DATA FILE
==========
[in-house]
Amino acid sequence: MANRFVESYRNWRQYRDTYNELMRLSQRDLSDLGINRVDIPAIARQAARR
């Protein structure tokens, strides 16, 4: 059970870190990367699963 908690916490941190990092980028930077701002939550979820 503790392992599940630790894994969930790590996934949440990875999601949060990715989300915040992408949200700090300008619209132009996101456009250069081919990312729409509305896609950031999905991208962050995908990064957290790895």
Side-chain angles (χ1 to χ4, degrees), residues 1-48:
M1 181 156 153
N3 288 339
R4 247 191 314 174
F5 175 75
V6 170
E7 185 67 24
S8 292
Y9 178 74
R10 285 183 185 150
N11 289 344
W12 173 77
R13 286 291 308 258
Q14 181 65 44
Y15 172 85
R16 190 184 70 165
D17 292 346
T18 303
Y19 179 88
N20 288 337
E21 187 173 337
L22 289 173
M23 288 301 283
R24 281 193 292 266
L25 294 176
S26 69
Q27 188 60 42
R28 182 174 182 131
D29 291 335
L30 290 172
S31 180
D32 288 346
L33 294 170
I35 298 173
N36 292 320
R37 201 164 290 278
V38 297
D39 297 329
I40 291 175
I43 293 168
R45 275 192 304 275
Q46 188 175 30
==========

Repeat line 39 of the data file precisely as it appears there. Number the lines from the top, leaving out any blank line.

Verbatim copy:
R37 201 164 290 278